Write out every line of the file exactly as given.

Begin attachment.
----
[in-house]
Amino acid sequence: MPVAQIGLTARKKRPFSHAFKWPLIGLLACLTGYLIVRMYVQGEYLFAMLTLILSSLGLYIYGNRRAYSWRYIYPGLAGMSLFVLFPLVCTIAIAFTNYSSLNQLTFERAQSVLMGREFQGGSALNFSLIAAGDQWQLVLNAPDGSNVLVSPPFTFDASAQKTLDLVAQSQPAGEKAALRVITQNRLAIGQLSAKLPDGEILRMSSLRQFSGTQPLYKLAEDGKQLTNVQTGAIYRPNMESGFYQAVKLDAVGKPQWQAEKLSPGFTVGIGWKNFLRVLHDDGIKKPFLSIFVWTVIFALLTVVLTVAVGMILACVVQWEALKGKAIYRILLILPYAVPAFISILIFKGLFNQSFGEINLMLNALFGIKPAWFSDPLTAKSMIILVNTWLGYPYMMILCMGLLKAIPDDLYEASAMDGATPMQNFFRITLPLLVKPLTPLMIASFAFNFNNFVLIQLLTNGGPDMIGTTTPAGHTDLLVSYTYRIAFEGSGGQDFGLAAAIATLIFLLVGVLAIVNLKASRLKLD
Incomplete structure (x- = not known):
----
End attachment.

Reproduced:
[in-house]
Amino acid sequence: MPVAQIGLTARKKRPFSHAFKWPLIGLLACLTGYLIVRMYVQGEYLFAMLTLILSSLGLYIYGNRRAYSWRYIYPGLAGMSLFVLFPLVCTIAIAFTNYSSLNQLTFERAQSVLMGREFQGGSALNFSLIAAGDQWQLVLNAPDGSNVLVSPPFTFDASAQKTLDLVAQSQPAGEKAALRVITQNRLAIGQLSAKLPDGEILRMSSLRQFSGTQPLYKLAEDGKQLTNVQTGAIYRPNMESGFYQAVKLDAVGKPQWQAEKLSPGFTVGIGWKNFLRVLHDDGIKKPFLSIFVWTVIFALLTVVLTVAVGMILACVVQWEALKGKAIYRILLILPYAVPAFISILIFKGLFNQSFGEINLMLNALFGIKPAWFSDPLTAKSMIILVNTWLGYPYMMILCMGLLKAIPDDLYEASAMDGATPMQNFFRITLPLLVKPLTPLMIASFAFNFNNFVLIQLLTNGGPDMIGTTTPAGHTDLLVSYTYRIAFEGSGGQDFGLAAAIATLIFLLVGVLAIVNLKASRLKLD
Incomplete structure (x- = not known):